Recent sales activity might indicate that the national market has already acclimated to the largest impacts of B-20, according to Bank of Montreal chief economist Doug Porter.
“Canadian housing activity appears to be broadly stabilizing, as there are signs that the market has largely digested the many policy changes,” Porter wrote in a report, as quoted by The Canadian Press.
“And while the regional divide is wide, fundamentals look to be a bit more supportive in the year ahead, with the policy tightening likely having run its course, job growth surprisingly solid and borrowing costs ebbing.”
This is despite the policy regime’s dampening effect, which was most visible in the country’s most in-demand markets. Earlier this month, Toronto-Dominion economists estimated that B-20 led to around 40,000 fewer transactions nationwide (on a year-over-year basis) during Q4 2018.
The BMO analysis came in the wake of the latest numbers from the Canadian Real Estate Association, which indicated that overall sales activity increased by 3.6% month-over-month in April.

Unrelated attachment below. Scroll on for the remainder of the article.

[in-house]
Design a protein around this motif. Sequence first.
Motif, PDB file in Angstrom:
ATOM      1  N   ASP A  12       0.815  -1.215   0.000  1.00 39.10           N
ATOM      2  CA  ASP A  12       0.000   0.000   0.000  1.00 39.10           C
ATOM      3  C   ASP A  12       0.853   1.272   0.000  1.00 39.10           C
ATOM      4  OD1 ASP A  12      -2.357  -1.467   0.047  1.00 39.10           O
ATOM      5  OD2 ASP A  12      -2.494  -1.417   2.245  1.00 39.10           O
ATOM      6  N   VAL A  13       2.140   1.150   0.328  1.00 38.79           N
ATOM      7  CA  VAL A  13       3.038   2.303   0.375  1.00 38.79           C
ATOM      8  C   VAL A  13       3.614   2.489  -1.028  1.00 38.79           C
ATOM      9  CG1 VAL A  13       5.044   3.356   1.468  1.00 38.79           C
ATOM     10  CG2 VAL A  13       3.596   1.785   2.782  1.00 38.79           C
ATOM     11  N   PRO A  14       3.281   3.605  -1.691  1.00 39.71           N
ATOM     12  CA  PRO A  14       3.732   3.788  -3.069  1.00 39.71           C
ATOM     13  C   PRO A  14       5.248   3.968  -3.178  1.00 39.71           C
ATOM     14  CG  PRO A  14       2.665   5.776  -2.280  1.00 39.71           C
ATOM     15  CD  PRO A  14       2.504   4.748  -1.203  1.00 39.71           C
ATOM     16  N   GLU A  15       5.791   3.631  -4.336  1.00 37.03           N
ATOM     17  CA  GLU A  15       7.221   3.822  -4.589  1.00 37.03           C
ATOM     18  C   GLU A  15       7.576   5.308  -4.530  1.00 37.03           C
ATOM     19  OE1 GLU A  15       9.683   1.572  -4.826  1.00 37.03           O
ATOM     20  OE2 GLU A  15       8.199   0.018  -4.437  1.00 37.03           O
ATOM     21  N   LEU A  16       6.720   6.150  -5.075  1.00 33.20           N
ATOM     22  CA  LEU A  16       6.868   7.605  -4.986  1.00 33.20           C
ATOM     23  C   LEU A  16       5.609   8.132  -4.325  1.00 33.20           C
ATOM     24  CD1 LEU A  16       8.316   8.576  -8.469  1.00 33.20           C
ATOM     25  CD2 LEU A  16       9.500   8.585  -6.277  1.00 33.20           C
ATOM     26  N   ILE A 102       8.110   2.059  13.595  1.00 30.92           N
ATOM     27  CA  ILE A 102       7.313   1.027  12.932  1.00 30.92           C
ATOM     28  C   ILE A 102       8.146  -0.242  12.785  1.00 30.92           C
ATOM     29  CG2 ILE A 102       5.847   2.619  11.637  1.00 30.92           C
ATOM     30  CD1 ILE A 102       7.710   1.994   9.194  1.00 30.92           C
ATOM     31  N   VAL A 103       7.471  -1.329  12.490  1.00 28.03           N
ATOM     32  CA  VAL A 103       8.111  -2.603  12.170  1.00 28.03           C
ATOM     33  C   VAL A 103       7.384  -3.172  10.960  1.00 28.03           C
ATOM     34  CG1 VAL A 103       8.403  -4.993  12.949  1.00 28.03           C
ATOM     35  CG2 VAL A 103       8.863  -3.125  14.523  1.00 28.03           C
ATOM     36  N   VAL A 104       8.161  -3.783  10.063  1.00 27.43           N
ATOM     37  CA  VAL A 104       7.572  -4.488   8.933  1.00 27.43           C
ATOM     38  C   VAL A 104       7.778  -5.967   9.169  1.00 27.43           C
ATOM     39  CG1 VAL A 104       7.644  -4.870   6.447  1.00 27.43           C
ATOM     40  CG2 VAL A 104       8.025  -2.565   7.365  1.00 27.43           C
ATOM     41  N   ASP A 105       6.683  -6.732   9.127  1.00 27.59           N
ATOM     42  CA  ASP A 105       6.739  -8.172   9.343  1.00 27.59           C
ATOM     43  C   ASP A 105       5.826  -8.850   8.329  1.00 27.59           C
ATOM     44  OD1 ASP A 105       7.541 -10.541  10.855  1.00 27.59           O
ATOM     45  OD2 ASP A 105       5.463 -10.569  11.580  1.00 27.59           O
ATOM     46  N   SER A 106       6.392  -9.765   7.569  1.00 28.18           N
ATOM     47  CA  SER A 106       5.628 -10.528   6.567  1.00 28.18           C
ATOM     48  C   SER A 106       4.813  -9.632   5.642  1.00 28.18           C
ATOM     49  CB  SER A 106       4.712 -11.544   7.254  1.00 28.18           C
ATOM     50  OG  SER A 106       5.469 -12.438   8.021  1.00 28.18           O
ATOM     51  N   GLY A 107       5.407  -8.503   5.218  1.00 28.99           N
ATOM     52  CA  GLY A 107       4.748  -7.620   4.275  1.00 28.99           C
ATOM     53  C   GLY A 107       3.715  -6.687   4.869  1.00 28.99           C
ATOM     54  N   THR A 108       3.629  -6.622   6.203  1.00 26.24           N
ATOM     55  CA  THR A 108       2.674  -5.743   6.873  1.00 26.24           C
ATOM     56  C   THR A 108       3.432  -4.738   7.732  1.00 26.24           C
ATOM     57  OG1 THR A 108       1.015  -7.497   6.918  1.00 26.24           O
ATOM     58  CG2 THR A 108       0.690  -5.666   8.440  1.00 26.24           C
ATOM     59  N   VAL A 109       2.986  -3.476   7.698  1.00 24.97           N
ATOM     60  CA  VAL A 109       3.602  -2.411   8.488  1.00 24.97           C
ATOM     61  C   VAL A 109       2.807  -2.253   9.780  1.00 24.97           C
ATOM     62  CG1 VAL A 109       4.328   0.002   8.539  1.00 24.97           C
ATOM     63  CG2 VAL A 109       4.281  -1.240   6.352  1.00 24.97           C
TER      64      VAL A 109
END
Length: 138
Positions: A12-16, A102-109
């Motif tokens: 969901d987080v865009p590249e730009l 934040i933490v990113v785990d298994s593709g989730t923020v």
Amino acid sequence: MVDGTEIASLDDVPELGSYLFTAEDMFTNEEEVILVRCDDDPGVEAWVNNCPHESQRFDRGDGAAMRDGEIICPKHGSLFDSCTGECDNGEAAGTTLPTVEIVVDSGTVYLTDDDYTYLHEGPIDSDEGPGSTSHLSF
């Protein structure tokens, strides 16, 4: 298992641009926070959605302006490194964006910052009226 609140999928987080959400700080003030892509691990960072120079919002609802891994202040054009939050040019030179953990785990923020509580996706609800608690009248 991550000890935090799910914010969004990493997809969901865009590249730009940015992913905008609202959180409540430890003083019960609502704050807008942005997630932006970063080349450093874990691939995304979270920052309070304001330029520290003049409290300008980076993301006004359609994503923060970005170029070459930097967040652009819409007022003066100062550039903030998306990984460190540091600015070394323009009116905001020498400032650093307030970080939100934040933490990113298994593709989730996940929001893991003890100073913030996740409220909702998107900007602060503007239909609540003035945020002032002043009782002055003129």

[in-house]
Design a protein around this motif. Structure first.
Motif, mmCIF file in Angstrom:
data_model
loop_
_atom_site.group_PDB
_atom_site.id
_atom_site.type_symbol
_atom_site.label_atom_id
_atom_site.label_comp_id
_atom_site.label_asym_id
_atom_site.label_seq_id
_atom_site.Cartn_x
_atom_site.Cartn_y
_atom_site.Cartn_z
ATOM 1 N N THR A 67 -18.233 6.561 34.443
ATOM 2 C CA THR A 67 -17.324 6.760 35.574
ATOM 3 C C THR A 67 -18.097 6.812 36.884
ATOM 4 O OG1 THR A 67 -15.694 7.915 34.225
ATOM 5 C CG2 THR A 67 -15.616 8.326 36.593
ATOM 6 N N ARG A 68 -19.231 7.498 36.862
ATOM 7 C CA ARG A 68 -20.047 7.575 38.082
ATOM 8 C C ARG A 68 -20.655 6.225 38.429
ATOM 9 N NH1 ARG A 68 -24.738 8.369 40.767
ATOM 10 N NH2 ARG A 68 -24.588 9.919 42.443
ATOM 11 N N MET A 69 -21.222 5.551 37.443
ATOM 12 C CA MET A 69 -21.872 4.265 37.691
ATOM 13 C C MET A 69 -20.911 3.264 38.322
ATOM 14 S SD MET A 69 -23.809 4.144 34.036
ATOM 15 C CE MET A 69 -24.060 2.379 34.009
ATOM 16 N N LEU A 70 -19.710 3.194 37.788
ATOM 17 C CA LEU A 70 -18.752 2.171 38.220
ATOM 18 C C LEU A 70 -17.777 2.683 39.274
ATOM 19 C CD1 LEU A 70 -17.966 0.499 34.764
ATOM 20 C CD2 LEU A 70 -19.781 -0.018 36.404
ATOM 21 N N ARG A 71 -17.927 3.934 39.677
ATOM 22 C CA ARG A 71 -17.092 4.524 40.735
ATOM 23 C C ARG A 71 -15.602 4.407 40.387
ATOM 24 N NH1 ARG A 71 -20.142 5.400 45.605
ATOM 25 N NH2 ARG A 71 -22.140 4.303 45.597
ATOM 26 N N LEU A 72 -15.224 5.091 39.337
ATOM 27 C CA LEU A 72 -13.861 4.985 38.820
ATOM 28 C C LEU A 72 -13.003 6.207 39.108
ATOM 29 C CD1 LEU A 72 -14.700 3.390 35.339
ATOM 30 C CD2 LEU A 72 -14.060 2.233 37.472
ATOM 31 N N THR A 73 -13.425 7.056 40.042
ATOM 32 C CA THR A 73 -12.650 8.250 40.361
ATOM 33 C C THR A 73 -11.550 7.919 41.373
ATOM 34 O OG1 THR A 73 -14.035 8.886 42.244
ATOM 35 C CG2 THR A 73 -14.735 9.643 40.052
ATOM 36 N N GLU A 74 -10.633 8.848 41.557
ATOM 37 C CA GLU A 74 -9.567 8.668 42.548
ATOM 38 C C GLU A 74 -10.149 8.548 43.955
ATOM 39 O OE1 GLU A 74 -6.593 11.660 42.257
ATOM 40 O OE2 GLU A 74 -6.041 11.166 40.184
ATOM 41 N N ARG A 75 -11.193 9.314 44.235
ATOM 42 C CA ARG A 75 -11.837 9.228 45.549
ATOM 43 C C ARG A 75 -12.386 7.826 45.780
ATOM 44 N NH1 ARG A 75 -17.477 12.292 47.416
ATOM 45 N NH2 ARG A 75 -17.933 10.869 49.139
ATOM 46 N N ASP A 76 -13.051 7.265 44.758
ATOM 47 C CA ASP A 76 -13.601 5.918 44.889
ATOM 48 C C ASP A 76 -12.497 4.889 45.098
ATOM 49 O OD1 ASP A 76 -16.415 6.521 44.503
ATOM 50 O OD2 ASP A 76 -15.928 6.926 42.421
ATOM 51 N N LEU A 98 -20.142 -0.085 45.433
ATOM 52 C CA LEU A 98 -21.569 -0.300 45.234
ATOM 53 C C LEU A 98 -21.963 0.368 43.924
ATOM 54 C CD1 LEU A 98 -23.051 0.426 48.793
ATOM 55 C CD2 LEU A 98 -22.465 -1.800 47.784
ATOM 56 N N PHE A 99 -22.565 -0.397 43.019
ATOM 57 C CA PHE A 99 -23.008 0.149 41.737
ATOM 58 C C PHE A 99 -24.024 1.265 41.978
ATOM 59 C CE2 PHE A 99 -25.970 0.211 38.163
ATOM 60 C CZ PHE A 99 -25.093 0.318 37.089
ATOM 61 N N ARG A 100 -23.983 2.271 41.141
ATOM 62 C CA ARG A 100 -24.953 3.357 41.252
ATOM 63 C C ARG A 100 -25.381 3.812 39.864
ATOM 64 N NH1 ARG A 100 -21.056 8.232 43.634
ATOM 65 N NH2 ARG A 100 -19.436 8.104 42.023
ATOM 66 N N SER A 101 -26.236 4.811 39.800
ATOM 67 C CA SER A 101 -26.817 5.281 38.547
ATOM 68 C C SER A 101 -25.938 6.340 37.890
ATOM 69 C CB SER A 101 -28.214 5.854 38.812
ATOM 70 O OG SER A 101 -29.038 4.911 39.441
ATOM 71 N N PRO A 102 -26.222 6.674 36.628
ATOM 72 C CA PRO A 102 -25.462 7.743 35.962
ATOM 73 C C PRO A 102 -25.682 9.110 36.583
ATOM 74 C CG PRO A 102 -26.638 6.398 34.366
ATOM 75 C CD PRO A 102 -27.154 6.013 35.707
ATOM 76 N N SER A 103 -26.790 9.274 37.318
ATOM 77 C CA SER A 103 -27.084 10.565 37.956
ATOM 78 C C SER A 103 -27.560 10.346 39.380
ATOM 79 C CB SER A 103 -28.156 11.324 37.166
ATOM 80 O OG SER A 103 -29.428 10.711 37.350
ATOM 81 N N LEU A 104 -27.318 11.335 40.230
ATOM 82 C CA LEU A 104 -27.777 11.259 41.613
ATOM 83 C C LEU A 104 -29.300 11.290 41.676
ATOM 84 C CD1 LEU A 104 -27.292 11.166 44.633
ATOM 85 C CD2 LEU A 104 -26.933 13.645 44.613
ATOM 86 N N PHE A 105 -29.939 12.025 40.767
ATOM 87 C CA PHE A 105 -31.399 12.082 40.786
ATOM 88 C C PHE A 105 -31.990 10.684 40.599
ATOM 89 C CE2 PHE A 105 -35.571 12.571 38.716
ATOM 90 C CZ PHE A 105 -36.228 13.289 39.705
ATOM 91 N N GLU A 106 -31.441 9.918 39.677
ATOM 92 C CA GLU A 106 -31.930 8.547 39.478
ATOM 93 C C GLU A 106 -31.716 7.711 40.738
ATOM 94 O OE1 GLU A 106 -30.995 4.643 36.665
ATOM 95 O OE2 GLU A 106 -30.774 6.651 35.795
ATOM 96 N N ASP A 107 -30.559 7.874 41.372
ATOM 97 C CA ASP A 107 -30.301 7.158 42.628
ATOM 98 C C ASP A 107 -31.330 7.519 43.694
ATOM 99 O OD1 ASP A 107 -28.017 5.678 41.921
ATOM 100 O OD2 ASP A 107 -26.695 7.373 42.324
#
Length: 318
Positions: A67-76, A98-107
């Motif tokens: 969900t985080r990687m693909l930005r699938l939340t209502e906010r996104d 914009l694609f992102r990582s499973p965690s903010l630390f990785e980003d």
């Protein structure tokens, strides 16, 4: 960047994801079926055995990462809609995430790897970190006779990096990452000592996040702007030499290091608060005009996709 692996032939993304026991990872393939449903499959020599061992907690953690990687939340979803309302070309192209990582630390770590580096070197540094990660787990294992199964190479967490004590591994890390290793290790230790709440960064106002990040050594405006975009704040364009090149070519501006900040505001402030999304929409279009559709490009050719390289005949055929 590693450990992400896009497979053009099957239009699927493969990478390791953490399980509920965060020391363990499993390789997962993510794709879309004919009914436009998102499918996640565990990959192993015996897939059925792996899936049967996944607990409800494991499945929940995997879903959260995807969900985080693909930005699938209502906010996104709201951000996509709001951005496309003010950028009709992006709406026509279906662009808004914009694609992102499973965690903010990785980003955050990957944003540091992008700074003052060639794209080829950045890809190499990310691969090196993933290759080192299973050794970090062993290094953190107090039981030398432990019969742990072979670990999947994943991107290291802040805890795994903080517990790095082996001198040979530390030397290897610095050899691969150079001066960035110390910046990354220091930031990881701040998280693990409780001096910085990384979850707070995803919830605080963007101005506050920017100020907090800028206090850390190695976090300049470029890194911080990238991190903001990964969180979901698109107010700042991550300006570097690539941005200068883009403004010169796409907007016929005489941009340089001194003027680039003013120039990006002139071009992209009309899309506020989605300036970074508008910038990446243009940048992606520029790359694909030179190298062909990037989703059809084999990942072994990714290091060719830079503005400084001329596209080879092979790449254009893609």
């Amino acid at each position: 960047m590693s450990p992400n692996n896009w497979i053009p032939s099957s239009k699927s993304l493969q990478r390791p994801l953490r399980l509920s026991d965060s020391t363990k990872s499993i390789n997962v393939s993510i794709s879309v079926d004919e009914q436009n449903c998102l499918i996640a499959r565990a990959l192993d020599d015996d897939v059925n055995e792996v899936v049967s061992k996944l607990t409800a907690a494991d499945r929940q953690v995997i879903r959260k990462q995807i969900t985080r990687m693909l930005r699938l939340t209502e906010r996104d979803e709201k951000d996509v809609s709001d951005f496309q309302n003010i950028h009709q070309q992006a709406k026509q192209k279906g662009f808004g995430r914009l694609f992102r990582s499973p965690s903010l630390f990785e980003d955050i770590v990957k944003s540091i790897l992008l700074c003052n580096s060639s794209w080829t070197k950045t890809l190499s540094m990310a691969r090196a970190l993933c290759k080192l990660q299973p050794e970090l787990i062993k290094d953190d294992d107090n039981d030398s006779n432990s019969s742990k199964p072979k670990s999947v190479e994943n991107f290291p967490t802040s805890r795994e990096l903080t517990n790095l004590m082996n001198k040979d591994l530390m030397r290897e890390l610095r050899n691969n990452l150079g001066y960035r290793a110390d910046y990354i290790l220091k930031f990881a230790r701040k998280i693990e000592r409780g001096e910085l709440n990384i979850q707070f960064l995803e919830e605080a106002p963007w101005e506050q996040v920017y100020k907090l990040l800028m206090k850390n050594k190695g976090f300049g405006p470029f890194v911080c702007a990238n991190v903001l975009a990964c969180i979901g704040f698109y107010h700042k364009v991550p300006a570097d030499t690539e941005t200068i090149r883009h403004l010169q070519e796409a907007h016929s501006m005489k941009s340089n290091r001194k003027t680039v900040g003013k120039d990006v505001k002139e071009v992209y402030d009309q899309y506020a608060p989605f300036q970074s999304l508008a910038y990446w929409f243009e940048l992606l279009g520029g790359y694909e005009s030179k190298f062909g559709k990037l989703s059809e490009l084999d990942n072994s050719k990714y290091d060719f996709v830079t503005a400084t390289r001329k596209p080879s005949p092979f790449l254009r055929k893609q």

Canada’s residential sales volume also enjoyed its first annual increase (at 4.2%) since December 2017. During the same time last year, activity declined to a seven-year low for the month.
The CREA report added that Toronto and Montreal numbers compensated for somewhat lacklustre activity in B.C. last month.
Supply also grew by 2.7% in April, following the 3.4% increase seen during the month before that. The national sales-to-new listings ratio was at 54.8%, from the 54.3% in March.
As for sale prices, the nationwide average crawled up by 0.3% year-over-year to reach $494,978. Excluding Toronto and Vancouver, the figure was just slightly over $391,000.
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